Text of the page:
the sun is in the sky oh why oh why

It felt like I kept running into beautiful people today. First, there was the trip to work with my kids:

Precious Cargo
Nels is all smiles about ten minutes before he and I had a huge throwdown involving taffy. Photo by Sophie.

Cat Wants In
Did I mention the cat rode on the trunk of my car a city block yesterday when I left? Here he has just been rebuffed in his efforts to join us. Packed in the bike: swimgear for three, embroidery project of Sophie’s, spices for today’s soup, my purse, various warm hats.

After I took this picture I pulled into the neighbor’s back driveway to get out of the way of the alley. The neighbor soon emerged and eyed me askance as I packed. I explained I’d be on my way in a minute but she looked unfriendly and unconvinced. Sometimes I think people are really boggled by the amount of kid-age on the bike; I get a lot of stares. 90% of them are friendly, but not always. I look forward to the day when many, many more people carry many more things on bikes on many more of our roads.

Kelly + Coffee + X = Heaven!
Ralph bought me a new coat; I’ve had the same outdoor coat since my marriage, given as a gift. I like this one much more. It certainly makes me visible! Photo by Sophie.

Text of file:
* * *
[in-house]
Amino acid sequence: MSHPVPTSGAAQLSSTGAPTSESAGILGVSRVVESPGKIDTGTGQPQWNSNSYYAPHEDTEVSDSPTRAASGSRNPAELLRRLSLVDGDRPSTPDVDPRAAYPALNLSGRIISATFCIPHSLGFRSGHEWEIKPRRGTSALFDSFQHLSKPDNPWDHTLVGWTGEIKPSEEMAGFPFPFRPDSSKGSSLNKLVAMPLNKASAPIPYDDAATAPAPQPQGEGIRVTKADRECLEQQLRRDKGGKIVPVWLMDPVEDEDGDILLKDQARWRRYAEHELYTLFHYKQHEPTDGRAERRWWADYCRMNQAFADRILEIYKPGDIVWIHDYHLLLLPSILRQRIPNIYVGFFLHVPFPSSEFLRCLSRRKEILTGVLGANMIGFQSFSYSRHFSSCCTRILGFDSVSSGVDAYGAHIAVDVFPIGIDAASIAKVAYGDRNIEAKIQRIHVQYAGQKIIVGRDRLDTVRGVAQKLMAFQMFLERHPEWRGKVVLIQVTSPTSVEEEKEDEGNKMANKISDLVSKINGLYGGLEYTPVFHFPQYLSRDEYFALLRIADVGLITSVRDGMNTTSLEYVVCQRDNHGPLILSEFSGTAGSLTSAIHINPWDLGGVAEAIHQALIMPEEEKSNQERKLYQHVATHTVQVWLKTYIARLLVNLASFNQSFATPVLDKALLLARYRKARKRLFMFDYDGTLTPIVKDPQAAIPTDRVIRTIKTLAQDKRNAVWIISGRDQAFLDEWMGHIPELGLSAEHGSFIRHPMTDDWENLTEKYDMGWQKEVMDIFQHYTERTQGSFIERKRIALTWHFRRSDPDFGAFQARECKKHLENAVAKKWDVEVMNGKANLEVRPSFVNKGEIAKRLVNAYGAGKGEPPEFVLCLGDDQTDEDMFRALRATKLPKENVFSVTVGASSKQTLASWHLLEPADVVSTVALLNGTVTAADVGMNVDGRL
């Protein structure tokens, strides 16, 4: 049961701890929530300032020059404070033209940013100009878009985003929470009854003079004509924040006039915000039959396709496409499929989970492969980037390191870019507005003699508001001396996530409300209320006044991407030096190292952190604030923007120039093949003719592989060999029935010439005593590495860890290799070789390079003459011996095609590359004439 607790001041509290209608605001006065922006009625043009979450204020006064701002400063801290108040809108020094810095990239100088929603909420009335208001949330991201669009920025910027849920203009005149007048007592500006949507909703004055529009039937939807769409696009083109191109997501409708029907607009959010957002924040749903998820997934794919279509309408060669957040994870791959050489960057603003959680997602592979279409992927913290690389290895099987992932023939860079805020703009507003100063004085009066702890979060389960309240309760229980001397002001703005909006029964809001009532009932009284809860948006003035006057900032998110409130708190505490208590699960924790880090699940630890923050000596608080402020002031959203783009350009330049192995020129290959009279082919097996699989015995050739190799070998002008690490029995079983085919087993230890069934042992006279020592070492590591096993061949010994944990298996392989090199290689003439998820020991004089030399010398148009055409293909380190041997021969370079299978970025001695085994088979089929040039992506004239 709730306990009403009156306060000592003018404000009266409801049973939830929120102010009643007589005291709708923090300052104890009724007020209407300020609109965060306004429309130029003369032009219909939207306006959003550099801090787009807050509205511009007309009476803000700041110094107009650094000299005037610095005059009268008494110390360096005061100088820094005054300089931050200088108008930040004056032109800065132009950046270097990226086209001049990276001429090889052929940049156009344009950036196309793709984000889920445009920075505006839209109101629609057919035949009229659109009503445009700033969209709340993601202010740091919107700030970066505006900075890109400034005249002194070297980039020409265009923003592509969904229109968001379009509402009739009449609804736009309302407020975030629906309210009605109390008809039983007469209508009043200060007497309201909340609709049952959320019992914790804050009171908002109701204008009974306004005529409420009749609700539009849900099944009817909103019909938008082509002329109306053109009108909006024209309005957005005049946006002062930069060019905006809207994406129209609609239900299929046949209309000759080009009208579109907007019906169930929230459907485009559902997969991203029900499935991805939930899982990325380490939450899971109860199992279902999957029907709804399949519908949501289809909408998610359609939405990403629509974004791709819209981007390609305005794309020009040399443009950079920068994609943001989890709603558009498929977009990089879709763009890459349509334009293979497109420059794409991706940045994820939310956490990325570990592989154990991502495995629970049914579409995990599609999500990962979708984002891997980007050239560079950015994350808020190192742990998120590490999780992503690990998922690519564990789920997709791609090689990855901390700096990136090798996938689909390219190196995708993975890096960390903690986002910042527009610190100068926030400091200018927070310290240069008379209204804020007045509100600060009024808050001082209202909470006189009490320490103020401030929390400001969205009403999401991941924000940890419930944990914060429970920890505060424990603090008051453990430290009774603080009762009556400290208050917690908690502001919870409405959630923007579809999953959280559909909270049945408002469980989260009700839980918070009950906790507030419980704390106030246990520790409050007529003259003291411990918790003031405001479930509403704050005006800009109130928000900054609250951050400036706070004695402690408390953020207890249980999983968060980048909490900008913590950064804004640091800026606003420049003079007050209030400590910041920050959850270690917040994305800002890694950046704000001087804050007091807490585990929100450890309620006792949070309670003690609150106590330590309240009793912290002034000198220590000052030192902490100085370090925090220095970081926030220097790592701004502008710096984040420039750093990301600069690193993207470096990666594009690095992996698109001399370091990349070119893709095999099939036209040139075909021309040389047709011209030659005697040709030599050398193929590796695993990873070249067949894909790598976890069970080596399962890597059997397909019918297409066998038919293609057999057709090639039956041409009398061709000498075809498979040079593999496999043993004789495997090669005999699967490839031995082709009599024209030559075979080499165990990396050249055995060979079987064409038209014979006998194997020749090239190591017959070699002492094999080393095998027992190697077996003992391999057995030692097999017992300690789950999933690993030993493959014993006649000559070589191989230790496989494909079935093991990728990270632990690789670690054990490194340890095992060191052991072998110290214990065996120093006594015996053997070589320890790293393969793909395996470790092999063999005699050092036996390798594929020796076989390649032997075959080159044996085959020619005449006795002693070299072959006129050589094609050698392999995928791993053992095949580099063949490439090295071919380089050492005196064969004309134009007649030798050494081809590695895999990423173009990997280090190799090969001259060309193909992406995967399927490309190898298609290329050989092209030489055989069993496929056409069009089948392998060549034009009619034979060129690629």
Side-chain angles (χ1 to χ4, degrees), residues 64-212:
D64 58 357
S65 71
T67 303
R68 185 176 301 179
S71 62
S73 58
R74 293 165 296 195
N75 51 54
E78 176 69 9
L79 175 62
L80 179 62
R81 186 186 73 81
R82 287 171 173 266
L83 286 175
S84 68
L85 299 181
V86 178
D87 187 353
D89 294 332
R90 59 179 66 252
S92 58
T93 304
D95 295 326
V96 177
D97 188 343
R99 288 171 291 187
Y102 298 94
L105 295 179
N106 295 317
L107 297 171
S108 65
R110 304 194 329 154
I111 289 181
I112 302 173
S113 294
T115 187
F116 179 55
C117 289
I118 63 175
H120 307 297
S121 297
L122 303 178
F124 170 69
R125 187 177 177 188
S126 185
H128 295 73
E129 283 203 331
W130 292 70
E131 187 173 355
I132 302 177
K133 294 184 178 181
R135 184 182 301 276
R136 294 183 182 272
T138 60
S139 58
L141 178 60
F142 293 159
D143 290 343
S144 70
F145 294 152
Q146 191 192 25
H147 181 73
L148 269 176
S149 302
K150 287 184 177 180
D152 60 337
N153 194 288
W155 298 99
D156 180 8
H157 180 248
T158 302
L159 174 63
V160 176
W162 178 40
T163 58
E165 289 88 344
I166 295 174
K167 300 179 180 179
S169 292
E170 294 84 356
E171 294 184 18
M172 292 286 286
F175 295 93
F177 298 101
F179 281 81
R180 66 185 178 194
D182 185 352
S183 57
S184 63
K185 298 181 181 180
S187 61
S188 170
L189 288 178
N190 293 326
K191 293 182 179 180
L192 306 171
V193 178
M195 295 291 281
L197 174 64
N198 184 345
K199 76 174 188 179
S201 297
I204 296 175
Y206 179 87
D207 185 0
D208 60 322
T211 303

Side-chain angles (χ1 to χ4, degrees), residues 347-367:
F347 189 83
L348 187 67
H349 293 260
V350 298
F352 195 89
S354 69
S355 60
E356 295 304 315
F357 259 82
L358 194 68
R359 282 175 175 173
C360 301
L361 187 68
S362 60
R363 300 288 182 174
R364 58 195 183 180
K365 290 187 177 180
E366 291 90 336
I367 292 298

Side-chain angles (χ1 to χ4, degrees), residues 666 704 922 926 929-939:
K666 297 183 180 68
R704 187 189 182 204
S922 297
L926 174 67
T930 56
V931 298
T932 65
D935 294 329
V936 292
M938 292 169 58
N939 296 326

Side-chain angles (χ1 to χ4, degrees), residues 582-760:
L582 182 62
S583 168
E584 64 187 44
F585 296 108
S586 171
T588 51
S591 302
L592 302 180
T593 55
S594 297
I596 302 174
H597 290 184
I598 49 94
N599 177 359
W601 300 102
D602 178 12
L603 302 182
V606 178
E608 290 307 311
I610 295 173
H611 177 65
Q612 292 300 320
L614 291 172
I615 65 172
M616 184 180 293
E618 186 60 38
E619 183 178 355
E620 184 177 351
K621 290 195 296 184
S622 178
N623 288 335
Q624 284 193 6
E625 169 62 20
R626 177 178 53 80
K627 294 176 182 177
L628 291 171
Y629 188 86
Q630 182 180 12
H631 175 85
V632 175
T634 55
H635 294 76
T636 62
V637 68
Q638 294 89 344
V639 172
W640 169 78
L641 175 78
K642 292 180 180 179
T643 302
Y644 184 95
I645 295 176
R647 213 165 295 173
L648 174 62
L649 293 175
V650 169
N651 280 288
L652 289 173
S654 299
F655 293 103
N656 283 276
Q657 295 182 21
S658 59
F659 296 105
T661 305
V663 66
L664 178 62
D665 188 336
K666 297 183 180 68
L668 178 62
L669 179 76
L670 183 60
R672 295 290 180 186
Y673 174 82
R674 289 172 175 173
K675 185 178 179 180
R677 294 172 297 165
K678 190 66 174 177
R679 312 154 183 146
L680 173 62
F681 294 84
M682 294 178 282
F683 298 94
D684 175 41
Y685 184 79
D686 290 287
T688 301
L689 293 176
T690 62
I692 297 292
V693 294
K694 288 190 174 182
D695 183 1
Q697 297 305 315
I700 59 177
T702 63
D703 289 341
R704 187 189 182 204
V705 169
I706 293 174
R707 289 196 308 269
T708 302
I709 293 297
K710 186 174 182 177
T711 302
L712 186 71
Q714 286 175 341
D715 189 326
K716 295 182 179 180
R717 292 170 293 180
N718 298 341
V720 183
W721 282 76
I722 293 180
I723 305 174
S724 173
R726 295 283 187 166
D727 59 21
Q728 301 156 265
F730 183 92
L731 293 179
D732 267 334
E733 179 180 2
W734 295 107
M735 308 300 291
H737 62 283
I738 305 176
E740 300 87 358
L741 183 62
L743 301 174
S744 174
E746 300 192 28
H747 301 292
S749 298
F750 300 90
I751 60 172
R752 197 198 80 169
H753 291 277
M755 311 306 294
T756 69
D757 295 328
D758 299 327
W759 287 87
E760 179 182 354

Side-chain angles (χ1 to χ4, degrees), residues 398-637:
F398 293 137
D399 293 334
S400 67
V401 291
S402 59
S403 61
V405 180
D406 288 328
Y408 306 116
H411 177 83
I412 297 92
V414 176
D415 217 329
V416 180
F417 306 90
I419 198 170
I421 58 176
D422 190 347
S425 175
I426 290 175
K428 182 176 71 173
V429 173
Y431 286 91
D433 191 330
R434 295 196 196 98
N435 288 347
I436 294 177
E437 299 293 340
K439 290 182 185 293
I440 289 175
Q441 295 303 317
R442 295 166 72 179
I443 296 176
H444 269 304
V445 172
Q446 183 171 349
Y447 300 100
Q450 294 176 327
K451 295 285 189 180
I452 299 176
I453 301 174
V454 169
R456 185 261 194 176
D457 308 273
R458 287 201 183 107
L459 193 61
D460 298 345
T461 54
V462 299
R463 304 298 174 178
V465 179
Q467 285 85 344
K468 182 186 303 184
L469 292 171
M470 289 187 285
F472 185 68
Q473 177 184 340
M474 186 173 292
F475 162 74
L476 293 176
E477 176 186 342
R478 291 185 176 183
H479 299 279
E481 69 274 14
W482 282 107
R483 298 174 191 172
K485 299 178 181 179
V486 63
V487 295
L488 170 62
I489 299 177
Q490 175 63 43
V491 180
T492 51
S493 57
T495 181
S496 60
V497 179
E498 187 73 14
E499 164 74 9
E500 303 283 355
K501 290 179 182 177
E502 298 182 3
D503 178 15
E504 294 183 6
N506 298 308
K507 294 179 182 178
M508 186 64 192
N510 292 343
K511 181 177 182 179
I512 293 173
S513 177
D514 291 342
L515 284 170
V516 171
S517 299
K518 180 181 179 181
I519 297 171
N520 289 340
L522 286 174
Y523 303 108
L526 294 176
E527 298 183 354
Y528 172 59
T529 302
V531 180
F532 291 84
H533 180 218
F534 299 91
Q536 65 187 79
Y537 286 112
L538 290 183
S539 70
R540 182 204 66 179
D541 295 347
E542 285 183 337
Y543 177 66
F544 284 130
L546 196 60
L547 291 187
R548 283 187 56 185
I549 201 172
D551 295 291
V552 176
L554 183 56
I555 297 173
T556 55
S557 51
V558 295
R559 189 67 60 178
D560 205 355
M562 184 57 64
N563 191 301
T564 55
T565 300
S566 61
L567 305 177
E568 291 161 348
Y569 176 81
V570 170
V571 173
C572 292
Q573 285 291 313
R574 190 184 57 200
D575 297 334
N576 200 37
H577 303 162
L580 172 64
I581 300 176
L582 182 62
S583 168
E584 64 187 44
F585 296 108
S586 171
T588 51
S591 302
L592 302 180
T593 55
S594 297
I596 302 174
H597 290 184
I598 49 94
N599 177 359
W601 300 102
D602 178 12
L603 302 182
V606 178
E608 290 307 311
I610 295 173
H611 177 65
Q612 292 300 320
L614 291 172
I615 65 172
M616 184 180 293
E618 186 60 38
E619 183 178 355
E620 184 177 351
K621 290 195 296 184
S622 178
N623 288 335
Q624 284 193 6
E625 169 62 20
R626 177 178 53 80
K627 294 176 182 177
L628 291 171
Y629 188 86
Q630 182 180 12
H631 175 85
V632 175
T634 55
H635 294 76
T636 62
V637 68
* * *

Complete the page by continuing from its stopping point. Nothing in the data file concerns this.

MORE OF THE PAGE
Riverside, HQX
We’ve had a series of lovely sunny days for much of winter. And here I’d been bracing for rain. Sophie again operating the camera.

Docs + Fishnets + Bike
Our footgear. We borrow a digital camera; I look forward to one day owning one, especially in light of what great fun the kids seem to have in clicking away.

Today's Destination!
About to embark on a very busy shift at work. This is another rare smile of Nels’ this morning as we had yet another fight inside. After work I took my boss’ boy K. to the YMCA; lugging even more weight on the bike. Ralph brought Nels over from school and the three kids swam and swam and swam. We got home well after five.

i’m turning heads in good ol’ G of H

This afternoon I biked the kids all the way to Cosi to meet Ralph in time for Suse’s soccer game. OK, it’s only eight miles (she says, modestly) but it’s a rockin’ eight near bisected by the most horrifying, awful bridge I’ve yet had to navigate. <shudder!> I was so very proud of the kids, though. They are cycling experts who make me very, very proud to ride with them.

So in short, major PWNAGE. On all y’all who drove cars today.

Today I talked in depth to two different people about my X and several more commented in passing or yelled out (compliments) as I whizzed by. And this is just the pedestrians I saw – who knows what the car drivers might have been thinking (“Get your fat ass off my roadway!” is one possibility).